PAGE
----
Aug 19, 2014
By Jane Brown
Canada’s doctors say they’re grappling with the challenges of meeting the needs of patients at end of life. The quality of end of life care was the focus of a conversation this morning as the annual meeting of the Canadian Medical Association continues in Ottawa. Susan Eng of CARP was in the meeting and tells AM 740/Classical 96.3FM News, there was unanimous support for better access to palliative care. “There was also a focus on whether or not doctors could follow their own conscience under the current state of the law as to whether they participate in medical assisted dying,” Eng explains, “and finally, we learned that the Canadian Medical Association will be an intervener in the upcoming Supreme Court of Canada case dealing with whether or not there are charter rights involved in the right to assisted dying.” Listen here for Susan Eng’s comments in their entirety:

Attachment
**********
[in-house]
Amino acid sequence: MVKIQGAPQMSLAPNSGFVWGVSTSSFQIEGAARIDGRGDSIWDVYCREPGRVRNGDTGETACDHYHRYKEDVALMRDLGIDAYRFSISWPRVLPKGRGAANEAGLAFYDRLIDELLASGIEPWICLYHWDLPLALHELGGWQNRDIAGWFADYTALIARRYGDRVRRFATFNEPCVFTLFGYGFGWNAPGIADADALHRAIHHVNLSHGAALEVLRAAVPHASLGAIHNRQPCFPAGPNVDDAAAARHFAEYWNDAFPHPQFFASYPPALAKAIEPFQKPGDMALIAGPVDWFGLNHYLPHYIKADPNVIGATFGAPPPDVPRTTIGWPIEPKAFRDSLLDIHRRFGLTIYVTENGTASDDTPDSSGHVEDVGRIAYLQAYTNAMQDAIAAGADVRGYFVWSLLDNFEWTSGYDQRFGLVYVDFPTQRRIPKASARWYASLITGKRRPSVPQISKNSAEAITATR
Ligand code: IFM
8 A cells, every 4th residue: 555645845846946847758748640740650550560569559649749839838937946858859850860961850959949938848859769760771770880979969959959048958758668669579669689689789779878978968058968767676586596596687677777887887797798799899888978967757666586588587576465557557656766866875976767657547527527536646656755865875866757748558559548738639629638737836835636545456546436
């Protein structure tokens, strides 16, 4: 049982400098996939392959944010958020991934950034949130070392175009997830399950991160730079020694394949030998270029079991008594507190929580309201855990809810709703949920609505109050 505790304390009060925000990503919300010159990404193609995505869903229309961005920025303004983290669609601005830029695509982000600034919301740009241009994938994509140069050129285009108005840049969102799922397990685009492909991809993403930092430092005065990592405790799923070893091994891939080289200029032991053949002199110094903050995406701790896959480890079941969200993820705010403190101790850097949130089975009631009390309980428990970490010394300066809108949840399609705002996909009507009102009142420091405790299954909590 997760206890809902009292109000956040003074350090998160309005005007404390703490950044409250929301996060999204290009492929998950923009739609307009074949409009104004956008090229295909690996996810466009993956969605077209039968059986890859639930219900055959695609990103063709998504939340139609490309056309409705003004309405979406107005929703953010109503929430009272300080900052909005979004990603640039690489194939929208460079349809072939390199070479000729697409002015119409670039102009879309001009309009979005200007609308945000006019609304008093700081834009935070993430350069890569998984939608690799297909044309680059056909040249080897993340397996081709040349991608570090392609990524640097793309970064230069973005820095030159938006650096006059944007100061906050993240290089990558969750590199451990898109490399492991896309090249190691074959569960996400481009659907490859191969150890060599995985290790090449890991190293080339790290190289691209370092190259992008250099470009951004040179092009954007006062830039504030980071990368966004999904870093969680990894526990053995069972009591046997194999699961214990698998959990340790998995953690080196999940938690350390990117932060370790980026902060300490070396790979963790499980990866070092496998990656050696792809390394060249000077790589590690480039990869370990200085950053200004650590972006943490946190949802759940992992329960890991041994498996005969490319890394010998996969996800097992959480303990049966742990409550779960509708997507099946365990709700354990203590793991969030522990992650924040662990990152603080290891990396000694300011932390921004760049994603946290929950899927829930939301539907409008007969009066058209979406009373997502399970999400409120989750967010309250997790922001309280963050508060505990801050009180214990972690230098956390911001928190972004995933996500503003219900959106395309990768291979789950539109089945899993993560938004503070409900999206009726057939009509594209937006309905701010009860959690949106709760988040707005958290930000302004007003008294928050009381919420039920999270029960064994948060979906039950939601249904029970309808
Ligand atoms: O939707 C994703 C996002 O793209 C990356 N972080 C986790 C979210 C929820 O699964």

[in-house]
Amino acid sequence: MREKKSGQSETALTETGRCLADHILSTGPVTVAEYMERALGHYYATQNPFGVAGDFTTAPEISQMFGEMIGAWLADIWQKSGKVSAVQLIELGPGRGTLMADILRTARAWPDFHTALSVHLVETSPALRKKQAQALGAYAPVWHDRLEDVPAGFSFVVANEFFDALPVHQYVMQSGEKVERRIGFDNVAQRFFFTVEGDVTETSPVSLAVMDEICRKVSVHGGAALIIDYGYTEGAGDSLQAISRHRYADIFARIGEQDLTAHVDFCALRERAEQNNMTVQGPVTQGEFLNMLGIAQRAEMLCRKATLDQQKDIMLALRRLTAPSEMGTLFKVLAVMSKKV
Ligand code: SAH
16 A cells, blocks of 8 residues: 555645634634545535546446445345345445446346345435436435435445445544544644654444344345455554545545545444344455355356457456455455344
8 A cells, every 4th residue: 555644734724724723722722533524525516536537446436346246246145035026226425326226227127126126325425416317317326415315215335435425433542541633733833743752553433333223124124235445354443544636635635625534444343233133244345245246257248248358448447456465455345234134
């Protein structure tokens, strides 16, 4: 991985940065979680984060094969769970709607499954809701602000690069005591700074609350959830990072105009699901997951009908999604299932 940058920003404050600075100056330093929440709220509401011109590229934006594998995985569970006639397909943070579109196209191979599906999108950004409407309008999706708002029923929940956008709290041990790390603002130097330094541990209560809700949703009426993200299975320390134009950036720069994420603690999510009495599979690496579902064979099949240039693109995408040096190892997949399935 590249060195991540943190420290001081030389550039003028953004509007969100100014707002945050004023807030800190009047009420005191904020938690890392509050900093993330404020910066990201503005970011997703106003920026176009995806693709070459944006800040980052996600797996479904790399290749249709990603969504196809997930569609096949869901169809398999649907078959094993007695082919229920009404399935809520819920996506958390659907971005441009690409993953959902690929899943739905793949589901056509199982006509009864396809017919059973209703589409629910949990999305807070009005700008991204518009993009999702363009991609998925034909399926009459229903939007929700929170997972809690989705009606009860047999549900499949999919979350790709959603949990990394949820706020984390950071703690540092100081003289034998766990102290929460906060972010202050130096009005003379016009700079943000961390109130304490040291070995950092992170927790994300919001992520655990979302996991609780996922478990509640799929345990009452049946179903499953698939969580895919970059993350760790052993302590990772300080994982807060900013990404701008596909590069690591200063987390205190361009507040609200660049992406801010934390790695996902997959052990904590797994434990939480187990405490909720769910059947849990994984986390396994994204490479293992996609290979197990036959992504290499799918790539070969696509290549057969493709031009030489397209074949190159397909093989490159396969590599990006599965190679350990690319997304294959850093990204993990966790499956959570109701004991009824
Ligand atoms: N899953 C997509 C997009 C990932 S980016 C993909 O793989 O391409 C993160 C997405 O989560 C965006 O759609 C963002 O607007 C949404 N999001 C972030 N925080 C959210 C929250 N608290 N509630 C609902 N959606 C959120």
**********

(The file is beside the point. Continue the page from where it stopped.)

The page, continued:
In June, the CMA said Canada needs to create a national palliative-care strategy to give all Canadians facing the end of life “the best death possible.” The authors also strongly encourage people to talk to loved ones about their wishes regarding death, including a written advance care directive.
The CMA is participating in CARP’s upcoming forum on medical assistance in dying on September 26th here at the ZoomerPlex in Toronto’s Liberty Village.